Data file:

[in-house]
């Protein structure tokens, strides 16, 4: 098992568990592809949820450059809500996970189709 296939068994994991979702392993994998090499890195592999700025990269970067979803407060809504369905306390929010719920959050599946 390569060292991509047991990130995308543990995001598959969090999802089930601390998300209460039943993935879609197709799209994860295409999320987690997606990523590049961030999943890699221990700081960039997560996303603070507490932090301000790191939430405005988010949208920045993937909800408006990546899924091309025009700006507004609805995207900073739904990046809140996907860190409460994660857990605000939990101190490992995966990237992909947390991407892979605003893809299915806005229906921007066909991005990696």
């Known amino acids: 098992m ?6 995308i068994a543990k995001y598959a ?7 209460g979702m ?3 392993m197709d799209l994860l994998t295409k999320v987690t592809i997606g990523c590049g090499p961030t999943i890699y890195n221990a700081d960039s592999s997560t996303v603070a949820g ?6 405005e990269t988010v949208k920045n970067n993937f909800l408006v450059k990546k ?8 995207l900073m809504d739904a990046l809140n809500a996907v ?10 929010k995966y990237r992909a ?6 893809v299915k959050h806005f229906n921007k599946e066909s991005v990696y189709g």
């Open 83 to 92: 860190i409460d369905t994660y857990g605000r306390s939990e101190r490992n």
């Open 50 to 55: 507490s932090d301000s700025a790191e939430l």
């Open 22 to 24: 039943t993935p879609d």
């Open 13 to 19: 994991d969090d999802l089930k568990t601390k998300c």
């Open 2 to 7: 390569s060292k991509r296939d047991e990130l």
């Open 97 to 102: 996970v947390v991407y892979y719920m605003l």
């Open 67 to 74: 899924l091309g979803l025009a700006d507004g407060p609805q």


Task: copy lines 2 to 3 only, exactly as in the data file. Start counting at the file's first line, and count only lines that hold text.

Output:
């Protein structure tokens, strides 16, 4: 098992568990592809949820450059809500996970189709 296939068994994991979702392993994998090499890195592999700025990269970067979803407060809504369905306390929010719920959050599946 390569060292991509047991990130995308543990995001598959969090999802089930601390998300209460039943993935879609197709799209994860295409999320987690997606990523590049961030999943890699221990700081960039997560996303603070507490932090301000790191939430405005988010949208920045993937909800408006990546899924091309025009700006507004609805995207900073739904990046809140996907860190409460994660857990605000939990101190490992995966990237992909947390991407892979605003893809299915806005229906921007066909991005990696």
């Known amino acids: 098992m ?6 995308i068994a543990k995001y598959a ?7 209460g979702m ?3 392993m197709d799209l994860l994998t295409k999320v987690t592809i997606g990523c590049g090499p961030t999943i890699y890195n221990a700081d960039s592999s997560t996303v603070a949820g ?6 405005e990269t988010v949208k920045n970067n993937f909800l408006v450059k990546k ?8 995207l900073m809504d739904a990046l809140n809500a996907v ?10 929010k995966y990237r992909a ?6 893809v299915k959050h806005f229906n921007k599946e066909s991005v990696y189709g």